Depending on the distance beyond 150 feet of a particular home to the “splice point”, an additional installment fee could potentially apply; however, Consolidated noted it would do what it could to minimize any additional installment fee for homes very distant from the road, within limits imposed by regulatory tariffs. A chart of sample rate plans showed prices ranging from $37.99 to $99.95, depending on the desired speeds.
Addressing the Public Benefit question and the statutory requirements (Public Benefit Public Hearing – draft 0.1), Mr. Maneval explained that, under SB170, in order for the bond to be issued, the municipality must establish that the public benefit of doing so is greater for the municipal interest than for the private entity; in this case, Consolidated. Toward that end, the Broadband Committee compiled a number of statistics, including the aggregate property value increase attributable to the installation of high speed internet in town. This, Mr. Maneval explained, was also the calculation and model used in Chesterfield, which came to fruition. Mr. Norman showed the correlating slides to demonstrate the change in home values as a result of the change in available internet speeds. The committee also pointed out the value of town ownership of the fiber infrastructure, as well as the value of free service from Consolidated to town facilities. The aggregate property value increase of $3,945,786, the committee ascertains, shows that the gain is far more to the town and to property owners than to the revenue Consolidated will generate from the implementation of the project under the bond.
Asked about the advantage of having the town own the infrastructure, Mr. Maneval explained that if anything goes south with the partnership, if the town owns the fiber, the town can manage the consequences, options or opportunities. It was confirmed that the bond will be taxable as opposed to non-taxable, the difference being the interest rates charged, the ways in which it’s issued and the tax benefits or burdens that go along with it. The anticipated interest rate is 3%. Over the course of the buildout, the bond will be paid to CCI in 3 installments. The committee again noted there would be no financial burden on the town or taxpayers for 20 years, or the life of the bond, as a result of the project. The terms of the contract require bond payments in advance to the town from Consolidated. The committee also emphasized that this bond would not preclude the town from a bond for another purpose.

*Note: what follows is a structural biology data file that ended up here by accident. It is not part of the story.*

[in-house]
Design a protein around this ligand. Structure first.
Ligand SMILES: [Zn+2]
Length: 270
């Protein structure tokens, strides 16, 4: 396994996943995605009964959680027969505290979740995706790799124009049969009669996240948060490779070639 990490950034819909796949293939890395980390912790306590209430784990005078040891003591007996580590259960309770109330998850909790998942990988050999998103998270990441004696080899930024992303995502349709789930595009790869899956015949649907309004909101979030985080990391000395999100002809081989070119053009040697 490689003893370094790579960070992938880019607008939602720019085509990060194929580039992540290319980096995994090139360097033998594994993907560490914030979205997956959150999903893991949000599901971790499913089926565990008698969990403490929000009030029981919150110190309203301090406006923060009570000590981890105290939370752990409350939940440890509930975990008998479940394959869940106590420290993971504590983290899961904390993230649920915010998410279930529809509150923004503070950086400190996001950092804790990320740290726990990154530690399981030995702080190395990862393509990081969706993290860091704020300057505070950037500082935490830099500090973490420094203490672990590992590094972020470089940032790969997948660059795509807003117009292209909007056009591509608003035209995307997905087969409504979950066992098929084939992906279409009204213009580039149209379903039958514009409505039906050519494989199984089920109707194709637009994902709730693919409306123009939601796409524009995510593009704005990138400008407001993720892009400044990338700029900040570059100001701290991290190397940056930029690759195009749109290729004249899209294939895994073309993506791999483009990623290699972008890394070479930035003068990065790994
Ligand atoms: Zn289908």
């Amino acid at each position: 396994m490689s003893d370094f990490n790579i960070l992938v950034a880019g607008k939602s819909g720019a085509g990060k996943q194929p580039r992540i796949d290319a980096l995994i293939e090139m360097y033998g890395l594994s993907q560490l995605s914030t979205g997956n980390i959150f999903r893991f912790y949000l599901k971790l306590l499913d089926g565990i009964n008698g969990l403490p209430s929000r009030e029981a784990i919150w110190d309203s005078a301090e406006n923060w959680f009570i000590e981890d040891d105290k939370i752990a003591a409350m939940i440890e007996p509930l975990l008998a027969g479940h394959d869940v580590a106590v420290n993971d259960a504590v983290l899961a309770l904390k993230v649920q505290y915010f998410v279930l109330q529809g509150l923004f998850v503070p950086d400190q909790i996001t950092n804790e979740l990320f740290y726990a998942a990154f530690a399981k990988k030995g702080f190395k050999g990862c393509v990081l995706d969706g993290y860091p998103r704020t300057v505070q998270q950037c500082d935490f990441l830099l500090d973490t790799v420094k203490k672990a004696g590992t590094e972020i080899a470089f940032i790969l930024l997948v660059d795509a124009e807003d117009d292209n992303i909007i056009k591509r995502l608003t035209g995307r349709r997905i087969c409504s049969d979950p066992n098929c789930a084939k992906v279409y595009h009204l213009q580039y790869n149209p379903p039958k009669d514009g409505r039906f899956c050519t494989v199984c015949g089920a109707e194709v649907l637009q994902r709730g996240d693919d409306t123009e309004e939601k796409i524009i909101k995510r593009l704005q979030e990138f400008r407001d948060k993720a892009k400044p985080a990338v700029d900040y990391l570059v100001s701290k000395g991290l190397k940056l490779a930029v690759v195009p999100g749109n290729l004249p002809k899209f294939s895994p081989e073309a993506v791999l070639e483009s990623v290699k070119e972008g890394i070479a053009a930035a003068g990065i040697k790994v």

Asked the impact if CCI goes belly up, Mr. Maneval noted that, as a regulated company, CCI would have certain responsibilities. Also, given that the town would own the infrastructure, the town would be in a position, possibly with another provider, to complete the buildout and offer services. If nothing got built, the money would still be available from the bond. Consolidated emphasized the number of competitors in the industry who would be interested; Mr. Maneval added that the town received six proposals in response to the RFP. In addition, the legal agreement between CCI and the town provides for protections.
Consolidated representative Rob Koester then described the company’s business mission and their experience building rural broadband networks. He emphasized their focus on the customer experience and their awareness of customers’ concerns. He then explained the difference between copper and fiber, noting fiber is less susceptible to weather and is far more reliable, and easier to maintain and repair. Because they maintain a central office in town, they can lay fiber over their existing poles here, and buildout will be expedient, expecting to take roughly 12 months and beginning immediately upon approval. Mr. Koester explained the network design and which elements they would own and which the town would own. Regarding the final connection to the home, CCI noted that if the existing wire is underground without a conduit, this could involve an installation surcharge. CCI assured attendees it has the necessary manpower and resources for implementation, even if all area towns approve a similar project. The company is encouraging early sign up to secure the best rates and fastest connection to the fiber network. The information shared by Consolidated will be available to the public prior to Town Meeting.